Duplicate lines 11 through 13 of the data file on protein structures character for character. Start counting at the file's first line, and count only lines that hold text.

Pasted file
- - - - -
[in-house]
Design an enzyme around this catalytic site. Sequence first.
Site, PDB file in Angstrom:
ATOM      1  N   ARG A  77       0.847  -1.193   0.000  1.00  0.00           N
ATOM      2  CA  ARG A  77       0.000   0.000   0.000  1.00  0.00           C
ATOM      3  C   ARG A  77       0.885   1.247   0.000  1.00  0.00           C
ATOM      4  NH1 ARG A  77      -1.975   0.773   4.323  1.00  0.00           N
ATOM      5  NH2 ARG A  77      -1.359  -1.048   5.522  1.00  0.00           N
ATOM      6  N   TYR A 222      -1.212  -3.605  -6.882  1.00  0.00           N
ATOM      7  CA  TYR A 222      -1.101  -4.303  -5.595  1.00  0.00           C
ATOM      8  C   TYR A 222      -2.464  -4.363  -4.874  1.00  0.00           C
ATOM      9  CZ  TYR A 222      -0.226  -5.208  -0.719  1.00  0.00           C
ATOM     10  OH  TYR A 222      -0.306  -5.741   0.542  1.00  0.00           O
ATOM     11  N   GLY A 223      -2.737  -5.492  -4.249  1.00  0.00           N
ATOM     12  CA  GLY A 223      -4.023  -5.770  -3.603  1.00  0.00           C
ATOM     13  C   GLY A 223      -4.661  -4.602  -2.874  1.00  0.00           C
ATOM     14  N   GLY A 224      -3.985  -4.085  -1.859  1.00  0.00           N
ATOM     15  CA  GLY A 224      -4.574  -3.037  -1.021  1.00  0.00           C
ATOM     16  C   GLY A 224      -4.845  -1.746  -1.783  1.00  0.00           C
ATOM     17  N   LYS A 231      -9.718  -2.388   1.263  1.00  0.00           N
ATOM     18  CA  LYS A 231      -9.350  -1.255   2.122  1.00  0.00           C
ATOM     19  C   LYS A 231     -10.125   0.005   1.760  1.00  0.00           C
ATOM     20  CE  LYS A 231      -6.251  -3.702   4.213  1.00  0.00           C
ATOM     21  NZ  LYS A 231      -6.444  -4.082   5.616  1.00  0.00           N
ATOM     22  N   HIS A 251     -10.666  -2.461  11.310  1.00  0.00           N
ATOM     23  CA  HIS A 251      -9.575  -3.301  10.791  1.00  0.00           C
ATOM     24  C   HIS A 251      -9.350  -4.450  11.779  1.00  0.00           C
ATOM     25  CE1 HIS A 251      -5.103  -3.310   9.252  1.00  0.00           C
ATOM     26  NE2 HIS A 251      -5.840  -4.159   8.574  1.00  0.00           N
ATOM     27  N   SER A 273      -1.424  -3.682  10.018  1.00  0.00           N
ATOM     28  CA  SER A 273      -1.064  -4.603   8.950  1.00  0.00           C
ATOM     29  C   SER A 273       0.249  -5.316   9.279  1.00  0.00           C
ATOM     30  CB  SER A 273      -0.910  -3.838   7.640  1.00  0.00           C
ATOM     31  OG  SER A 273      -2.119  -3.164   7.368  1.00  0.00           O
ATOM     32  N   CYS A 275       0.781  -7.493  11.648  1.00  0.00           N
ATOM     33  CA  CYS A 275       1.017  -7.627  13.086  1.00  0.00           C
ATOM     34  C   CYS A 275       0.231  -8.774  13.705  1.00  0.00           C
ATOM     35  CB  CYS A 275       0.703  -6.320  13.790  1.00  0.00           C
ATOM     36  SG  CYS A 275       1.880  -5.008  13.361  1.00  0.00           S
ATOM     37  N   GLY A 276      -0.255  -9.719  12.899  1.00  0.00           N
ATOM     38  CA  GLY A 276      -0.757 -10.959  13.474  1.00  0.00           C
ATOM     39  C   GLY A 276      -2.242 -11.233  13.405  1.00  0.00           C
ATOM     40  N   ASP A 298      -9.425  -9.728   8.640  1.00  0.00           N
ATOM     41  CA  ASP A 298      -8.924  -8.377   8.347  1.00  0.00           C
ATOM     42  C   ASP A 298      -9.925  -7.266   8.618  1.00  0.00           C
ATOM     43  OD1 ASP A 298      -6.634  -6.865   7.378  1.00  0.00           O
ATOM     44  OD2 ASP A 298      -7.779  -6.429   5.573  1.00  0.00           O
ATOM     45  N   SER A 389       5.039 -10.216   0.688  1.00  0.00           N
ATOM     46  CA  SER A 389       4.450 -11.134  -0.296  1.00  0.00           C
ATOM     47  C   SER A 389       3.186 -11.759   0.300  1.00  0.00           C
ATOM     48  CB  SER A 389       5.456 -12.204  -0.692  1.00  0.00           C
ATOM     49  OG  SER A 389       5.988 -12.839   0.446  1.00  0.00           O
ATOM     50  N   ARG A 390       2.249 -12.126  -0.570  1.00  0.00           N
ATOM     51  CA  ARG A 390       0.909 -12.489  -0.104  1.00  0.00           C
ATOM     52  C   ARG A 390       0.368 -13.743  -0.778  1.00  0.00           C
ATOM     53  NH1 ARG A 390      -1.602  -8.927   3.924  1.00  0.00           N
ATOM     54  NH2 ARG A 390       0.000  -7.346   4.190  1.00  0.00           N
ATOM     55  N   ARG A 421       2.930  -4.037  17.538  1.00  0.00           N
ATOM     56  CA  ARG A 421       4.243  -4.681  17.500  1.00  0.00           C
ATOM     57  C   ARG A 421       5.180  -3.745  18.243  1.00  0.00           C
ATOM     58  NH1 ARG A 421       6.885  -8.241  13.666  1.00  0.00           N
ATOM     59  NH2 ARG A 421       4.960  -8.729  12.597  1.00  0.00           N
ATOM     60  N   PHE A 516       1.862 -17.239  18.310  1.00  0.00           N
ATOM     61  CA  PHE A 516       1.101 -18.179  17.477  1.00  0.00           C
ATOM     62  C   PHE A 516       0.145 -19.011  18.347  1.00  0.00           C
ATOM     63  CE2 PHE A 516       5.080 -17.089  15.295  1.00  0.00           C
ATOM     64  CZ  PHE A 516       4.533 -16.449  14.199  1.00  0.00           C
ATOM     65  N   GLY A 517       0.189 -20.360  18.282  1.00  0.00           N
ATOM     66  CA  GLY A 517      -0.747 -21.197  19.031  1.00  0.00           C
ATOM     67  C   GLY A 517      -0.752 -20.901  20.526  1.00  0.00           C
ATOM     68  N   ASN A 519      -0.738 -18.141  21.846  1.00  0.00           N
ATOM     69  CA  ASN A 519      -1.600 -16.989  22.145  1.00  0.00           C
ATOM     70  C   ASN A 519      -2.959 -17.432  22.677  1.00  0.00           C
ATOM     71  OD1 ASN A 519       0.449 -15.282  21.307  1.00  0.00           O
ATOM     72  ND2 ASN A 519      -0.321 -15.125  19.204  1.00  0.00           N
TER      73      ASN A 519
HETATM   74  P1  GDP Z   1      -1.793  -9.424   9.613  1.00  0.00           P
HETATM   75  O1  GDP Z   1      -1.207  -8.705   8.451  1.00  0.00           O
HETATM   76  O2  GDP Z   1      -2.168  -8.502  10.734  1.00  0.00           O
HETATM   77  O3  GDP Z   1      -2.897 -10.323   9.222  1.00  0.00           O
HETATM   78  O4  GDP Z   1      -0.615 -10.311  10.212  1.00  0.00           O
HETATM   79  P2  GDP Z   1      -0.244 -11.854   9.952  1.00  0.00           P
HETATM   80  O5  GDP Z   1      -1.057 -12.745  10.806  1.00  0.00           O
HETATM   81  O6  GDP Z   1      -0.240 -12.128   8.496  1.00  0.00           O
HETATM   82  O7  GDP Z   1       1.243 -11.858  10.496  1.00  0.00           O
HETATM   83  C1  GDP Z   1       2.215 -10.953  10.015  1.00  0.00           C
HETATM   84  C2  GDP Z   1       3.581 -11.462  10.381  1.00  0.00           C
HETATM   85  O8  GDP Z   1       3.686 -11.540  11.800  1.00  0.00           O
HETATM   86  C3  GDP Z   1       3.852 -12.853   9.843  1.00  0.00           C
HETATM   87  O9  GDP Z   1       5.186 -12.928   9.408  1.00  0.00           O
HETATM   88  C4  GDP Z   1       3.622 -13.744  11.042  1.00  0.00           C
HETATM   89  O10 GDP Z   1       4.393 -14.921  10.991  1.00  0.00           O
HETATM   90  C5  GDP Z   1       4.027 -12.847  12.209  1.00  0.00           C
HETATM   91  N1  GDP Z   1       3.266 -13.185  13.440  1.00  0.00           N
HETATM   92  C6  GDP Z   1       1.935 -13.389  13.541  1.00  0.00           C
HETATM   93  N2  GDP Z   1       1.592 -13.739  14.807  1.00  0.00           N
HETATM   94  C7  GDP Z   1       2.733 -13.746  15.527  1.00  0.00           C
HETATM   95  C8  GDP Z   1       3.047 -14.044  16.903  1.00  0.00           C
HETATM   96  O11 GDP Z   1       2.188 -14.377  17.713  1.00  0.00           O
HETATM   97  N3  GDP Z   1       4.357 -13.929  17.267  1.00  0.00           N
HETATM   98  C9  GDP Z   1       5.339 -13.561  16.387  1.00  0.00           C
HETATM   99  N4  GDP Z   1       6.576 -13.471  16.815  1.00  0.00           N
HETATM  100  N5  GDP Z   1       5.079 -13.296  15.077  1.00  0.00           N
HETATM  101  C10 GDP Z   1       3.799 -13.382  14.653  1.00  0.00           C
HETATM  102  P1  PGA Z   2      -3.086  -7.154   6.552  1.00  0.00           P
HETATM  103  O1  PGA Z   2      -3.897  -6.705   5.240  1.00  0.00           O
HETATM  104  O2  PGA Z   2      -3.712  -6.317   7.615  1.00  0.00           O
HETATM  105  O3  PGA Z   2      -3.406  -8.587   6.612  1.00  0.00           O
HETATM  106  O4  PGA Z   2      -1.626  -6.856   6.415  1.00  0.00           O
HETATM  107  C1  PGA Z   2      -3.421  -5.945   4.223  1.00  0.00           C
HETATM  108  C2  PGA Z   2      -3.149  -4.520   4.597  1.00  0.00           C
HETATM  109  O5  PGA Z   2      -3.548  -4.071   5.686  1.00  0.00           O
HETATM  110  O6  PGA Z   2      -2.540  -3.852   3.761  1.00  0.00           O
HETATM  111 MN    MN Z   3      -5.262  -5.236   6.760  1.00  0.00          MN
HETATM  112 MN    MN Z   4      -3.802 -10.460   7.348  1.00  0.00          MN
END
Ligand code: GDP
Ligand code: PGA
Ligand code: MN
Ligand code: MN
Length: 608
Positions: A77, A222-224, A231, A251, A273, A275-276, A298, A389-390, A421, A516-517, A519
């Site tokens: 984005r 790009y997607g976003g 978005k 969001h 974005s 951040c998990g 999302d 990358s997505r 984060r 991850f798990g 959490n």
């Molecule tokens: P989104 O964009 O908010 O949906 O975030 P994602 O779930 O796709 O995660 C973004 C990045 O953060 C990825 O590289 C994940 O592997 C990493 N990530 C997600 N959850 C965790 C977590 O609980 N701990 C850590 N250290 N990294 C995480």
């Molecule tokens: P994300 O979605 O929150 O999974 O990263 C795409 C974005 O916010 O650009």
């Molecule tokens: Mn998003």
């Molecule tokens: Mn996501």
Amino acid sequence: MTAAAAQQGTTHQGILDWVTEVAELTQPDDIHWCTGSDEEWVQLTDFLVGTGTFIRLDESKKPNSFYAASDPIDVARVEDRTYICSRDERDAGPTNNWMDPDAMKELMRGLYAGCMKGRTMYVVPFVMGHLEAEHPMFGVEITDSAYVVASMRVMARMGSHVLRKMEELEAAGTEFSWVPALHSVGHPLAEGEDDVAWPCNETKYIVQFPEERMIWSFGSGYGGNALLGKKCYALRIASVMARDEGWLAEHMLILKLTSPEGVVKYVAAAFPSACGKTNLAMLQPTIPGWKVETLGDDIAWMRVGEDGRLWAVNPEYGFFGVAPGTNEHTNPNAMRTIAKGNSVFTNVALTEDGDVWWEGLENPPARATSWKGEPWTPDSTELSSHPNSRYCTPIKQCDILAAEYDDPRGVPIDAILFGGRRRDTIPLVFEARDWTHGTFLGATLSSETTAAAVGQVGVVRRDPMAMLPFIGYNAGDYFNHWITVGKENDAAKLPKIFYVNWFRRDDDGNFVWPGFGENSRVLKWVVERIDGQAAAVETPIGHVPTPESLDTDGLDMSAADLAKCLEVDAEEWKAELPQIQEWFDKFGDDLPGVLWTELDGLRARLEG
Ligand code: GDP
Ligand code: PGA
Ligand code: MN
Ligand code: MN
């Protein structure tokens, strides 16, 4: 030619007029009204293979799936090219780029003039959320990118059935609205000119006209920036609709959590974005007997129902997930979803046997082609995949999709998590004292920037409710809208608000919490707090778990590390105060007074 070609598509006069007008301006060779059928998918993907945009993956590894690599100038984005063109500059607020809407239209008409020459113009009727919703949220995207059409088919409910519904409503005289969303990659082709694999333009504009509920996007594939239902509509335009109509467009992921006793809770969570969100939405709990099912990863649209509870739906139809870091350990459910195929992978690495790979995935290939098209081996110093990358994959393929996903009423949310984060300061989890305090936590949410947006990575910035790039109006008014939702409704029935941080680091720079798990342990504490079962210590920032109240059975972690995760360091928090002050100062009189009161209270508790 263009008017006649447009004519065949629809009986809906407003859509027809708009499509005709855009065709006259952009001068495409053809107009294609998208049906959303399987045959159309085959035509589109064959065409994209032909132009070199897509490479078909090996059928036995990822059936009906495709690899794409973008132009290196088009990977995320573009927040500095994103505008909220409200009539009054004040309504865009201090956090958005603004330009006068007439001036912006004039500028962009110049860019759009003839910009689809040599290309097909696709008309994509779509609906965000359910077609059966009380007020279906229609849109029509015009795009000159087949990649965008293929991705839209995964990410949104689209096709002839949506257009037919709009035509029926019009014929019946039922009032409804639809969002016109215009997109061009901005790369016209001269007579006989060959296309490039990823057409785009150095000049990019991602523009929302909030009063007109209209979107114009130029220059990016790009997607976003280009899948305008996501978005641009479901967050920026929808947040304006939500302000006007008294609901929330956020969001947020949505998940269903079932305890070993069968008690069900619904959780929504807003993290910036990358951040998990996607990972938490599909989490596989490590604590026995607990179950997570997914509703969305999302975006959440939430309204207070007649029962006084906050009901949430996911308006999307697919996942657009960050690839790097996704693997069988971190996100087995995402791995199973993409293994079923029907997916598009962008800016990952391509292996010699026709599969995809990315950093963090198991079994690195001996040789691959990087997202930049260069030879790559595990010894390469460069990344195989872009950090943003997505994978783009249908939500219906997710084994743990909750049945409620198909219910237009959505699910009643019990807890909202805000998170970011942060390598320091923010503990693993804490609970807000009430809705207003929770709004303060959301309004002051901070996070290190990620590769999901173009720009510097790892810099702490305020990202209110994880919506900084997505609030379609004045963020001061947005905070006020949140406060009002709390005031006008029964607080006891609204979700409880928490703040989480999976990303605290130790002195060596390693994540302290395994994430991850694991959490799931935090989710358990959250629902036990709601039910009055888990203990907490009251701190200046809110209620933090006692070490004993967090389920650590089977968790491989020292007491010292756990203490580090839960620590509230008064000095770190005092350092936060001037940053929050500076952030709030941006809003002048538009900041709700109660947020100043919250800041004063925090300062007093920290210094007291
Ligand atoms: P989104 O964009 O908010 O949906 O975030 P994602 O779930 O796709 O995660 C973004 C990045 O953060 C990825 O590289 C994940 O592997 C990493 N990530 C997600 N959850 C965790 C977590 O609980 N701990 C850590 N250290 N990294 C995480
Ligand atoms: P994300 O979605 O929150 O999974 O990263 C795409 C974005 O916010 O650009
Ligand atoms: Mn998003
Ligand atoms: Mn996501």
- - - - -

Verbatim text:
ATOM      8  C   TYR A 222      -2.464  -4.363  -4.874  1.00  0.00           C
ATOM      9  CZ  TYR A 222      -0.226  -5.208  -0.719  1.00  0.00           C
ATOM     10  OH  TYR A 222      -0.306  -5.741   0.542  1.00  0.00           O